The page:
While there are plenty of free online storage services to choose from, SugarSync stood out for one reason: It let you choose any folder on your computer to back up to the cloud automatically.
Unfortunately, the free ride is coming to an end. On February 8 of next year, SugarSync will switch to a paid-only model, killing off its free 5 GB plan. SugarSync’s paid plans start at $7.49 per month or $75 per year for 60 GB of storage. Existing users won’t get to keep their free plans, but SugarSync is offering a 75-percent discount on its basic plan if you sign up by December 16.
Unlike SugarSync, other storage services such as Dropbox, Google Drive and SkyDrive make you create a separate folder on your computer for the files you want to store online. You can’t, for instance, back up a specific album in your Photos directory without copying and pasting it into the separate folder. SugarSync is unique because it doesn’t force you to rearrange the way your files are organized.
As a SugarSync user, I’m not too miffed about the switch to paid-only. An inherent risk of free online services is that they might go away someday, and I knew that going in. Online storage services rely on having a critical mass of free users, in hopes that some of them will convert to paid plans, but SugarSync was always an underdog, so the freemium business model probably wasn’t feasible.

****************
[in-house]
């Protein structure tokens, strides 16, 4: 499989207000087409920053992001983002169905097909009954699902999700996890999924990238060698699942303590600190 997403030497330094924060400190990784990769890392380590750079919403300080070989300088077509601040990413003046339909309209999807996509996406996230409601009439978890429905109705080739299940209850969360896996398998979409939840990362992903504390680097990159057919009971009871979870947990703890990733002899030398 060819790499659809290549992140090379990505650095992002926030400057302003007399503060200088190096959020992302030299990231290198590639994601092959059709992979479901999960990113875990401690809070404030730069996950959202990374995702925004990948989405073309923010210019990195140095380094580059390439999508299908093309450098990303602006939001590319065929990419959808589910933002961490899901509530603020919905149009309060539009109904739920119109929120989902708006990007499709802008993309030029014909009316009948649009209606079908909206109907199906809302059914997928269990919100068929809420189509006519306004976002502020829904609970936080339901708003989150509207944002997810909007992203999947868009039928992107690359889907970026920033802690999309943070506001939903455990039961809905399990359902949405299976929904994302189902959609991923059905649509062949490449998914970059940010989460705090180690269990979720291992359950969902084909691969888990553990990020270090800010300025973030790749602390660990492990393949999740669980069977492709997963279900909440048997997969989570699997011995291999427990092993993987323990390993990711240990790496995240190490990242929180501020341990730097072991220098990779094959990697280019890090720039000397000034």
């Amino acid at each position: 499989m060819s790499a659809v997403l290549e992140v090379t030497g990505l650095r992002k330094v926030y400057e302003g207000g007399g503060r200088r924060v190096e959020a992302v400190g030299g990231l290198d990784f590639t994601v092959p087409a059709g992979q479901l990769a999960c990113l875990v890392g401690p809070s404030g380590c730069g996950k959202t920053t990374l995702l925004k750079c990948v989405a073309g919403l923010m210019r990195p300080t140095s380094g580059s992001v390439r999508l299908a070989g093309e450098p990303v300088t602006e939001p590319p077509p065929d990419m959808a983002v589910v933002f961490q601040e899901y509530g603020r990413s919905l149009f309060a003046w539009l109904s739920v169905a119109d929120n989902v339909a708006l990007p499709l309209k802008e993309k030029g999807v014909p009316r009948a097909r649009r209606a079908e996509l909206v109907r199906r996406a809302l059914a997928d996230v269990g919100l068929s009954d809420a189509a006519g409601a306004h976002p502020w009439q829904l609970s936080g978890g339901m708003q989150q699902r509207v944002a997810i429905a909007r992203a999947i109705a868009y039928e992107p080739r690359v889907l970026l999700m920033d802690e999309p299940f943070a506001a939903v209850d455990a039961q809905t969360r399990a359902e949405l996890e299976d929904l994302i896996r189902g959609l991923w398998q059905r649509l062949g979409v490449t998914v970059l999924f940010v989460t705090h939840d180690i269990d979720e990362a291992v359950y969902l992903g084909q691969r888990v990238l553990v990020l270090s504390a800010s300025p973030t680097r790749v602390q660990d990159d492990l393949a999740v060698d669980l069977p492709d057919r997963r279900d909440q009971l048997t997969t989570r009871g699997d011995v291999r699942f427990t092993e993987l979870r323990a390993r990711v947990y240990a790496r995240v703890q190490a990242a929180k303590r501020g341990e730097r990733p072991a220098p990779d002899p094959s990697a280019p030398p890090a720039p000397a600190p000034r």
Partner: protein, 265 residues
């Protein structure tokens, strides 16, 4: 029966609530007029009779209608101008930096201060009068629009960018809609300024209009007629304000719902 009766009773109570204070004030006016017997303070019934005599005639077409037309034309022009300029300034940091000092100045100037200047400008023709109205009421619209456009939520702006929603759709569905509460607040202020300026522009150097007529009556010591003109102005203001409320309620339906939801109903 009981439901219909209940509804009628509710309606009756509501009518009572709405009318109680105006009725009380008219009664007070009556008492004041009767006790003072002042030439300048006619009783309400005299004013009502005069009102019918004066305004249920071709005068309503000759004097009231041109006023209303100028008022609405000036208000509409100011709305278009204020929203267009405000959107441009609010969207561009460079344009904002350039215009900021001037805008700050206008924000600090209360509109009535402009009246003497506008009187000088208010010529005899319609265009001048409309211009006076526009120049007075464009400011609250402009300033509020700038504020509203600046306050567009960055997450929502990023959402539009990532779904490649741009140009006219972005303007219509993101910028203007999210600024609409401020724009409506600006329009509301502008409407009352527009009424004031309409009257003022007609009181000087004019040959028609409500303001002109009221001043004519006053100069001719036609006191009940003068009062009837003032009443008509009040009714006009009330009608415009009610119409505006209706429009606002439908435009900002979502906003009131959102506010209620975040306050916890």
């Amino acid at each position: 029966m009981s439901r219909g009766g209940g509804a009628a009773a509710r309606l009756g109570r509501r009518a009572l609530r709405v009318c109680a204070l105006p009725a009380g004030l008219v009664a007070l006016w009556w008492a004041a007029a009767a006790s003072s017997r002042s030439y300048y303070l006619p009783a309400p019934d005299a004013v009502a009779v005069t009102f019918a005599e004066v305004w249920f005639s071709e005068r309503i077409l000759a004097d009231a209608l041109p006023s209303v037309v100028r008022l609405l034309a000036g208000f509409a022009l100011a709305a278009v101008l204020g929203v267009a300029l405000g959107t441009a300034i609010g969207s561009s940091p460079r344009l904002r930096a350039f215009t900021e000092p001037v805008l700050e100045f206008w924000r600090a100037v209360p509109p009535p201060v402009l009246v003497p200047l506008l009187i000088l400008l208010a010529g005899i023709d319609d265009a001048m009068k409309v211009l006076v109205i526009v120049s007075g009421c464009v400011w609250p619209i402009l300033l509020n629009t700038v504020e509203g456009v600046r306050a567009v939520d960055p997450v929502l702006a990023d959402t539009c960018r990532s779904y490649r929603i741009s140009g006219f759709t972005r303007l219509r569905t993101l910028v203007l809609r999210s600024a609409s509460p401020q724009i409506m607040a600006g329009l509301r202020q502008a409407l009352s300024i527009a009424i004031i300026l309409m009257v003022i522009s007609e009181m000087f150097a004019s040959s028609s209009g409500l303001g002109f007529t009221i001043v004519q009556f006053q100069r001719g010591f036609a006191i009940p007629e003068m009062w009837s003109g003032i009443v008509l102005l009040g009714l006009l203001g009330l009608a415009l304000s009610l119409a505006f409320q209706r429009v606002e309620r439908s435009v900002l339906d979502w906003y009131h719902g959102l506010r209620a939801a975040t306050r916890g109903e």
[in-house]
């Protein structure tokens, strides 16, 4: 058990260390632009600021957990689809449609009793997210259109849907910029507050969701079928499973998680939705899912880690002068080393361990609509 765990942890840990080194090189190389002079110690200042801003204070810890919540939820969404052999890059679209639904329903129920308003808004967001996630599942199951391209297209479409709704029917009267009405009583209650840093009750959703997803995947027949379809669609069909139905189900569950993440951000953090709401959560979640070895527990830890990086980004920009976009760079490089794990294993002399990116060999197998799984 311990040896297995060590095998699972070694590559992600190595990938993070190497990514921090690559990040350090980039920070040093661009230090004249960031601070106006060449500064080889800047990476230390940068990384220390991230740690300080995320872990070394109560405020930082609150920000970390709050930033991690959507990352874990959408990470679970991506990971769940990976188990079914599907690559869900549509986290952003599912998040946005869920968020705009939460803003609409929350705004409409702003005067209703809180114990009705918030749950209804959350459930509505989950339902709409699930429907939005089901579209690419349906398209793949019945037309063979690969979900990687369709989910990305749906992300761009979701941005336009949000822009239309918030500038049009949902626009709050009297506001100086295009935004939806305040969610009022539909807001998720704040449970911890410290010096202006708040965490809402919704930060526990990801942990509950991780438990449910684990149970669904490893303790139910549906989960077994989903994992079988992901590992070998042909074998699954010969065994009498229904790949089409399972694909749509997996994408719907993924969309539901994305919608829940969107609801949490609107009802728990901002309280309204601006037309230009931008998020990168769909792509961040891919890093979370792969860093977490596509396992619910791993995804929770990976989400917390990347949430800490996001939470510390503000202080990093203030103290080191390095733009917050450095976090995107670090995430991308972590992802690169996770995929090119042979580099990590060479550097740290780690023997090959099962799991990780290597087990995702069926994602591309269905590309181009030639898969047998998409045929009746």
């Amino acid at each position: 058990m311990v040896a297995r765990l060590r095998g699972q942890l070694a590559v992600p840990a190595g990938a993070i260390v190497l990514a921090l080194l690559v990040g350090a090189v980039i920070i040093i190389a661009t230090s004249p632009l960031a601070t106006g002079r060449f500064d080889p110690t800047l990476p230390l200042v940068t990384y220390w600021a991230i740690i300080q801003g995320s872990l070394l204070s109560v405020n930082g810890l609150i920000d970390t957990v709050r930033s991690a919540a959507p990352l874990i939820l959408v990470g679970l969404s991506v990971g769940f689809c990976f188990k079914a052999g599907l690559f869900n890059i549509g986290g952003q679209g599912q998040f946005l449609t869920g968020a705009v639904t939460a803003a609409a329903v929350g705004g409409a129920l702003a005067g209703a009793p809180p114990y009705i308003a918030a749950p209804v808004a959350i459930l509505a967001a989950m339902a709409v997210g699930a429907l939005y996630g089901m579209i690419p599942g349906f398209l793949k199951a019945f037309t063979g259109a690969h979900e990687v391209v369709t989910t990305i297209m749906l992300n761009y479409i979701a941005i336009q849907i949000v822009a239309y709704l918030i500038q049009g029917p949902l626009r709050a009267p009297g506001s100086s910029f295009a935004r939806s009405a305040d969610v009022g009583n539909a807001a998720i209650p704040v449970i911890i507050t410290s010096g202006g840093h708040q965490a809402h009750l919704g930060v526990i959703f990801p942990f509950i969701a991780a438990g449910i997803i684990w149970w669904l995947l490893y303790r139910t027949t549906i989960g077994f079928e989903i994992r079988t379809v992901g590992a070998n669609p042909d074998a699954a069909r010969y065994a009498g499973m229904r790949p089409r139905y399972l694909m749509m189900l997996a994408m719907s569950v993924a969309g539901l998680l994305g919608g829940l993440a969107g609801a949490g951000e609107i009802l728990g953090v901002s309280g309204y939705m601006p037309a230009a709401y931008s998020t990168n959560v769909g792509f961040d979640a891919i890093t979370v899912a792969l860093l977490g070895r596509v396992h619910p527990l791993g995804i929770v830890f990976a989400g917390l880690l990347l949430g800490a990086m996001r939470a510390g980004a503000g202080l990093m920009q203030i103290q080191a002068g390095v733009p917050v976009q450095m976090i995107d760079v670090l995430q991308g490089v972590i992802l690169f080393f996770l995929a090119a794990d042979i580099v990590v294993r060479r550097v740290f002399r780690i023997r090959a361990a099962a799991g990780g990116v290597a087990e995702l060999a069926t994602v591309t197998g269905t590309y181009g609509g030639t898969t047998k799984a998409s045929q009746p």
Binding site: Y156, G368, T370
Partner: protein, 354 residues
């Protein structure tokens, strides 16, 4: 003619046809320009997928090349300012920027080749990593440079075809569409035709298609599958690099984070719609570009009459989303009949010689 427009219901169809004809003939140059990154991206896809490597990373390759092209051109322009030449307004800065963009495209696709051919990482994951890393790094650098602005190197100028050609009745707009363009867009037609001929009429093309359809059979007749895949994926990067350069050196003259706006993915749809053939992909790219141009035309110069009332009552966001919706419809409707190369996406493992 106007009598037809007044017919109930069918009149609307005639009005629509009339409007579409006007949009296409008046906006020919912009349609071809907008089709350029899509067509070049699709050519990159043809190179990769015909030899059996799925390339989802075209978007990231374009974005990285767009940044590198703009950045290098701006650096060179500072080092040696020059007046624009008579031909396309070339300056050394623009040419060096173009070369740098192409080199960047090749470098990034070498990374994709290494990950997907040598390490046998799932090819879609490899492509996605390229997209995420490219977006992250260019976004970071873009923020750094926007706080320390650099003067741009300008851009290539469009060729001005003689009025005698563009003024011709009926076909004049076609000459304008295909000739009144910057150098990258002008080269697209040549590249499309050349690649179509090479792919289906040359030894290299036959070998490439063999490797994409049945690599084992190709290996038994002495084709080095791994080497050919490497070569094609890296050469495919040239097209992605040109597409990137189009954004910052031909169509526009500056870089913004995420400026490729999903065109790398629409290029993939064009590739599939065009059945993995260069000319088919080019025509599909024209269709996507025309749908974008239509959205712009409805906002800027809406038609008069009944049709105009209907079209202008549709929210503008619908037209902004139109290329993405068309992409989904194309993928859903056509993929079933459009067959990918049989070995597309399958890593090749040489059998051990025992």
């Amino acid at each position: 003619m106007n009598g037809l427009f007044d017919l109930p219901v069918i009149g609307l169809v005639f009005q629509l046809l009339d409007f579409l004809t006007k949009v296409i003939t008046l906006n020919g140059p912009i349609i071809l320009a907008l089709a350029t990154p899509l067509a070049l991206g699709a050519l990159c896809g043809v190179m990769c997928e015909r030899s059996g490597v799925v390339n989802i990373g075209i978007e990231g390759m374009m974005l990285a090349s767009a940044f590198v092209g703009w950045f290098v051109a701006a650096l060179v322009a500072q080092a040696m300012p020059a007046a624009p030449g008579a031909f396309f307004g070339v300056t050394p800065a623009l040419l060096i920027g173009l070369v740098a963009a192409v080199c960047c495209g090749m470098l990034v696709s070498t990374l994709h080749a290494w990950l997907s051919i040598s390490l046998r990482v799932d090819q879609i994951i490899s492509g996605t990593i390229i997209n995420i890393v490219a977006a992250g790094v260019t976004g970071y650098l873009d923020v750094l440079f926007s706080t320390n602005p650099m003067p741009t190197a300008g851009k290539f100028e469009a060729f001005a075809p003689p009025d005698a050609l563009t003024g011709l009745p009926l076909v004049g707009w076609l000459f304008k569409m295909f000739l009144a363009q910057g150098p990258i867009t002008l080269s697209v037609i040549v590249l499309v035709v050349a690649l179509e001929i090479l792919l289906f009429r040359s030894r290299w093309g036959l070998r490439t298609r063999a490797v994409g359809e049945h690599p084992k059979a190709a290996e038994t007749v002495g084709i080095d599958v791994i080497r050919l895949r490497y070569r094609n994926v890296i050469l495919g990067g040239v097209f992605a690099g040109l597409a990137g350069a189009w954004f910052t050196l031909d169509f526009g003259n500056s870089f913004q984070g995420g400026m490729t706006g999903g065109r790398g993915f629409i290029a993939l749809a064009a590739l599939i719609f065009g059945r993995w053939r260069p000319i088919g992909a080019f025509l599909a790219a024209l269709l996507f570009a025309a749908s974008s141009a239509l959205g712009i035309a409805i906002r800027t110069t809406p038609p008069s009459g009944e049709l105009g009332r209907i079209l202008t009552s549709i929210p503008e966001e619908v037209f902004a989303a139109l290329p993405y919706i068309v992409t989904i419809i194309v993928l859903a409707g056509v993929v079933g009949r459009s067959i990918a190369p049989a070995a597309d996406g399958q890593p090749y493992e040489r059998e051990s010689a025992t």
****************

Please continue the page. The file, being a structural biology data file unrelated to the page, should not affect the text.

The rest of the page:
Still, I won’t be paying to continue the service. The only thing I used SugarSync for was backing up my Word documents and notes. For that I can get by using SkyDrive instead, especially since Windows 8.1 makes it easy to treat SkyDrive as your default documents folder. It’s not ideal, but at least it’s still free.